Ron Radosh

Why Didn't Hillary's Opponents Attack Her as Obama Did in 2007?

A confident, smiling and laughing Hillary Clinton delivered a top-notch performance at last night’s Democratic debate. The optics were great for her, which she had no doubt anticipated as her only real opponent — Bernie Sanders — stood next to her scowling and looking old and angry as he repeatedly denounced Wall Street. Bernie’s routine might work wonders for him on the campaign trail, but on TV, not so much.


Hillary Clinton outmaneuvered the senator from Vermont, who refused to attack her where she was vulnerable. When Anderson Cooper asked her about her private e-mail server, Clinton again admitted she make a mistake, but said: “What I did was allowed by the State Department.” Just who allowed it she never did say. Hillary is masterfully using tools from her old kit: just as the vast right-wing conspiracy was out to get her and her husband so many years ago, the hullabaloo over her emails is only about Republicans trying to destroy her. To cheers, she said: “I’m still standing.”

Then Sanders piped up:

I think the secretary is right. The American people are sick and tired of hearing about e-mails.

Anderson Cooper replied:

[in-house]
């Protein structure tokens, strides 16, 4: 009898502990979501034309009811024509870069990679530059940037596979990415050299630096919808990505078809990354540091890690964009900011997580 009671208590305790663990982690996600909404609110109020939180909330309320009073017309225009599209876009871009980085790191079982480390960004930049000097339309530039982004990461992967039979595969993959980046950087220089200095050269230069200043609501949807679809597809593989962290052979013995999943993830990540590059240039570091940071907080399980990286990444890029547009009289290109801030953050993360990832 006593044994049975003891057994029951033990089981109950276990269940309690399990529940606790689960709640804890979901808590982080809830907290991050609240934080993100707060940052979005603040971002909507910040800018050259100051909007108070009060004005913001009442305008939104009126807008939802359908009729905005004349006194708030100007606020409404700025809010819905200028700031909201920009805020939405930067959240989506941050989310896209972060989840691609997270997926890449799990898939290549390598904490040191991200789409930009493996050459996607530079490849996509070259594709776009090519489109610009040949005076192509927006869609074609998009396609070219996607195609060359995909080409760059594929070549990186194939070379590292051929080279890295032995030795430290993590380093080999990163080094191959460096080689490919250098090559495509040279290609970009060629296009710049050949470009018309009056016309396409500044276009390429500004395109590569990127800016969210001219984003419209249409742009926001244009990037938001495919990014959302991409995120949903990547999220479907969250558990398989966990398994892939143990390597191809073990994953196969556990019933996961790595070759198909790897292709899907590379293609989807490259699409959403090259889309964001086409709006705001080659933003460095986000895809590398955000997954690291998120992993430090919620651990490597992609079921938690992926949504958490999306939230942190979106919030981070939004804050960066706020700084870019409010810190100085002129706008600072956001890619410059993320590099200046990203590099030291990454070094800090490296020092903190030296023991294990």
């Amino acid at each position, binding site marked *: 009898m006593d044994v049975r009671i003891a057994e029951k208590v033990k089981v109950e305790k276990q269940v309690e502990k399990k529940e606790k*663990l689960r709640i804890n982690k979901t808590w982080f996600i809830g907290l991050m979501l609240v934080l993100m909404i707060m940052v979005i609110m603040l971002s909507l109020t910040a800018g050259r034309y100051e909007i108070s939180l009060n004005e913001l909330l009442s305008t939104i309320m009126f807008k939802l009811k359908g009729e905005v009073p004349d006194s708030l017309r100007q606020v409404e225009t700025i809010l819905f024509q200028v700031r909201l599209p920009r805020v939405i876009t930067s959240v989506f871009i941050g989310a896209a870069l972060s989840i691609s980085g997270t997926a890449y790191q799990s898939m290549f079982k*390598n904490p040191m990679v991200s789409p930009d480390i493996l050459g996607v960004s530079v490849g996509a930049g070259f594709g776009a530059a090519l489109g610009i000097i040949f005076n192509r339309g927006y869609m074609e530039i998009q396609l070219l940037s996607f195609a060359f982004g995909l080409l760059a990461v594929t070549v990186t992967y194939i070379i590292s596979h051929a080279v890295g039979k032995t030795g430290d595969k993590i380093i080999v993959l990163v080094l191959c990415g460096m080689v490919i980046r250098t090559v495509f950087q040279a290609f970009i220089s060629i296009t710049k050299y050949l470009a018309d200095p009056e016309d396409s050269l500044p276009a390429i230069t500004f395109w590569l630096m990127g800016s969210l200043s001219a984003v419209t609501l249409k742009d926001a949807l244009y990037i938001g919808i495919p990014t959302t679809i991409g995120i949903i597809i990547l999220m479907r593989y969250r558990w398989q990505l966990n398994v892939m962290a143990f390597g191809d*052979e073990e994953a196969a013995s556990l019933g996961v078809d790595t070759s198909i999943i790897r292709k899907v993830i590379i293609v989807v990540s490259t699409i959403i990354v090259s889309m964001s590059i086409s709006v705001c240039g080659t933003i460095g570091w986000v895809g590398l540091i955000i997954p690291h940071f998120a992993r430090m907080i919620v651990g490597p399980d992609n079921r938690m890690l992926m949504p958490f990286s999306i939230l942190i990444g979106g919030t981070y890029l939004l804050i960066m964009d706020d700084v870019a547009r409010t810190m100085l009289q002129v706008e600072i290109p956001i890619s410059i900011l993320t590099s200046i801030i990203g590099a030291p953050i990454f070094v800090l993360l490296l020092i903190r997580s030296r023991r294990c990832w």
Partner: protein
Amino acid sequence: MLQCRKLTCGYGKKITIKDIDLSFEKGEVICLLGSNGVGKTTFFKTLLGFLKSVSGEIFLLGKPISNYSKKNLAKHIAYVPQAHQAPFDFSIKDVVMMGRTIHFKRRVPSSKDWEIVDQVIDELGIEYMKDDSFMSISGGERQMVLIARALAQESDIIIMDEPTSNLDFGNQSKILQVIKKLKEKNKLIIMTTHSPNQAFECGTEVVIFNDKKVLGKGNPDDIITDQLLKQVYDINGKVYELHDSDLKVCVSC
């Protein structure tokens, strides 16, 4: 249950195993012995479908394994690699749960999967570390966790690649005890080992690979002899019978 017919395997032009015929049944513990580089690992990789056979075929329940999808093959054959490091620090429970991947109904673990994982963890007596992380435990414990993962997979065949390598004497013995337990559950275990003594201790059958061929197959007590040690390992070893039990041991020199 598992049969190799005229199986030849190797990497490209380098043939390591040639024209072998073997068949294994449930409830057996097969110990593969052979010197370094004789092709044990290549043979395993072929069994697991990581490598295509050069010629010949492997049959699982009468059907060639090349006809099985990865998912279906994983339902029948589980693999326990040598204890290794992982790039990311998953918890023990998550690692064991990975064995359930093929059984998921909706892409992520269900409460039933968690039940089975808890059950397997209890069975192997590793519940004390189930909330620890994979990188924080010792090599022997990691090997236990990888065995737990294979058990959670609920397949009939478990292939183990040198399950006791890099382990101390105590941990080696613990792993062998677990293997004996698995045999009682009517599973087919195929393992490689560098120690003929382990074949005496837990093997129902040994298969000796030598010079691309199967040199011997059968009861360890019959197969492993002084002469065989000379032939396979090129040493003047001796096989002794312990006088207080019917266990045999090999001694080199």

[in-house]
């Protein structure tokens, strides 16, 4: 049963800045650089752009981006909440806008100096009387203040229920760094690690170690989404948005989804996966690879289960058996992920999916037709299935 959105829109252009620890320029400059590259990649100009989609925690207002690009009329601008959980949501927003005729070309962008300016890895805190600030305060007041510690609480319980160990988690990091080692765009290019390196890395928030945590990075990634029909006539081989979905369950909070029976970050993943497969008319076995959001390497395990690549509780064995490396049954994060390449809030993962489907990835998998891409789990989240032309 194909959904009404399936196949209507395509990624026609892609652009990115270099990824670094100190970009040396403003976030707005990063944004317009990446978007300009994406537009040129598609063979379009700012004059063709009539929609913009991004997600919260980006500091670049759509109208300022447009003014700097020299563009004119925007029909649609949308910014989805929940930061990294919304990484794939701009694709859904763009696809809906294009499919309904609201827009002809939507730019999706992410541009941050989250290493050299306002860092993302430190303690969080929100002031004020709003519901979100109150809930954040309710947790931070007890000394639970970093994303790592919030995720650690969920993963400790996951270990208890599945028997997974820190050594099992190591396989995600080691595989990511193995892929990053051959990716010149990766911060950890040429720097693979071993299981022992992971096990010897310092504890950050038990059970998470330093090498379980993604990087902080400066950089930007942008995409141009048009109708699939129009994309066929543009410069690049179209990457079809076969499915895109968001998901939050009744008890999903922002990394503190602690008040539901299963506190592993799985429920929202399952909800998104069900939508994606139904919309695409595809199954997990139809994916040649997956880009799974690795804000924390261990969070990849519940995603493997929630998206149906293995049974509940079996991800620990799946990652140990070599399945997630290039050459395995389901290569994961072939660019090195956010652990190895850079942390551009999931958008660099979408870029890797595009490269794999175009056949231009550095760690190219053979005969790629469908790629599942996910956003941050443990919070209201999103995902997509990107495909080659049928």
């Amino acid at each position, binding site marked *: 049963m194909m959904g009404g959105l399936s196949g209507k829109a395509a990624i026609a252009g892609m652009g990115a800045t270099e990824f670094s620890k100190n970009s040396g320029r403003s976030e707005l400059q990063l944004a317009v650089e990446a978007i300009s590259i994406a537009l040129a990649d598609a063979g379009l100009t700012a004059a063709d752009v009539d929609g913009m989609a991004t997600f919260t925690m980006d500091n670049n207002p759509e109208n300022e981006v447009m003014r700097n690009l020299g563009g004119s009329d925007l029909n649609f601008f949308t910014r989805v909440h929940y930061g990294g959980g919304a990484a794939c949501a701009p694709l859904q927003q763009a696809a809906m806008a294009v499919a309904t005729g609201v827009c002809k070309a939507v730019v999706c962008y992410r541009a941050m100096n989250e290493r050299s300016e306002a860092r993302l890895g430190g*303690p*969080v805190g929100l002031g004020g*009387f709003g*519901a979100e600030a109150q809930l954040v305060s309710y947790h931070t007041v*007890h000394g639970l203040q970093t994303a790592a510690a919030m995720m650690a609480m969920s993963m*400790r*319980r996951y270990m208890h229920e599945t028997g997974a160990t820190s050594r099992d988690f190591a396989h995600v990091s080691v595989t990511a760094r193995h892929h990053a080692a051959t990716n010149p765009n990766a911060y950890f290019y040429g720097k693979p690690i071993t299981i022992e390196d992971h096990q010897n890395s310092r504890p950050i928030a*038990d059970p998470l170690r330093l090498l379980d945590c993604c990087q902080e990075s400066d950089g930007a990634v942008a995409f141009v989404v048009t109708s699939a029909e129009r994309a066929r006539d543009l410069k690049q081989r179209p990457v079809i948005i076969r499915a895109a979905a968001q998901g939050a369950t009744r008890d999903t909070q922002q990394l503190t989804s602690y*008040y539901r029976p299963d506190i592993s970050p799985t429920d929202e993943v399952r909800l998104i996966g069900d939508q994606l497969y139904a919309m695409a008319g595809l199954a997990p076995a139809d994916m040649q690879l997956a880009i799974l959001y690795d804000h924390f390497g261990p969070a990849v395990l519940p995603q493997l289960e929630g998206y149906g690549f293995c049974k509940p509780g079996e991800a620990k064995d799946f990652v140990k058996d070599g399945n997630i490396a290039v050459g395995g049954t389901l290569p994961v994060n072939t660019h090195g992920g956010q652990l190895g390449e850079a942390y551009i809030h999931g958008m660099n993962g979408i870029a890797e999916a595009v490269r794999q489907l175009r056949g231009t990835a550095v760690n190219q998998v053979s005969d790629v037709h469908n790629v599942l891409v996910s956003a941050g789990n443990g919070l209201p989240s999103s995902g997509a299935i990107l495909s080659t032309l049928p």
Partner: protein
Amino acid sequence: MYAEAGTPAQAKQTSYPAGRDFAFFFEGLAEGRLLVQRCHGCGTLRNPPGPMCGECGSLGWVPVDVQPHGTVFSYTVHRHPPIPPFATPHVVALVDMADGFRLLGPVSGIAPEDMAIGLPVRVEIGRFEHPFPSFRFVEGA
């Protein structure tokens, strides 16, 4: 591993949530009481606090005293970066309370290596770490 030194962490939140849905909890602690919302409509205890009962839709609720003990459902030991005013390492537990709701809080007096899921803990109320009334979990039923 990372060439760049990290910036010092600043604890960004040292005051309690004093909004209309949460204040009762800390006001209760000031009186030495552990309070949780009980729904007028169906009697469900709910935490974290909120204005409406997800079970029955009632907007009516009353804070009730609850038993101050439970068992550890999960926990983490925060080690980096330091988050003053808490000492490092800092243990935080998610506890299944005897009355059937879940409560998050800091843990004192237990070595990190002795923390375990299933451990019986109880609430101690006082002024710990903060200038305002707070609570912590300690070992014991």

Secretary Clinton, Secretary Clinton, with all due respect, it’s a little hard — I mean, isn’t it a little bit hard to call this just a partisan issue? There’s an FBI investigation, and President Obama himself just two days ago said this is a legitimate issue.

None of the other candidates dared take up the opening he had given them, which would have raised the question of Hillary’s credibility, trustworthiness, and vulnerability on the question of the e-mails and on so many other things.

Instead of returning Sanders’ favor, Hillary went after him for consistently voting against gun control, including voting five different times against the Brady Bill, which required a federal background check and a five-day waiting period until one can purchase a gun.


Clinton also got Sanders on his claim to be for democratic socialism. Someone forgot to inform Bernie that even in 2015, when asked, Americans overwhelmingly choose capitalism over socialism. Hillary knows it, and said she would take the steps to once again save the capitalist system from itself.

In making that statement, she portrayed herself as an FDR for the 21st century, proclaiming that she is “a progressive who likes to get things done.”

When Sanders pointed to both Denmark and Sweden as examples of nations that the United States should seek to emulate, Clinton countered:

But we are not Denmark. I love Denmark. We are the United States of America. And it’s our job to rein in the excesses of capitalism so that it doesn’t run amok and doesn’t cause the kind of inequities we’re seeing in our economic system.

What she did was a master stroke: she eschewed socialism as a model while saying she would solve the problem of economic inequality she believes is rightfully raised by Sanders, but which he did not have any realistic answers about how to deal with.

Jim Webb, however, had the best retort to Saunders.

Bernie, I don’t think the revolution’s going to come. and I don’t think Congress is going to pay for a lot of this stuff.

It would be a mistake for Clinton to think that her email problems are over. As columnist Ron Fournier said in the National Journal: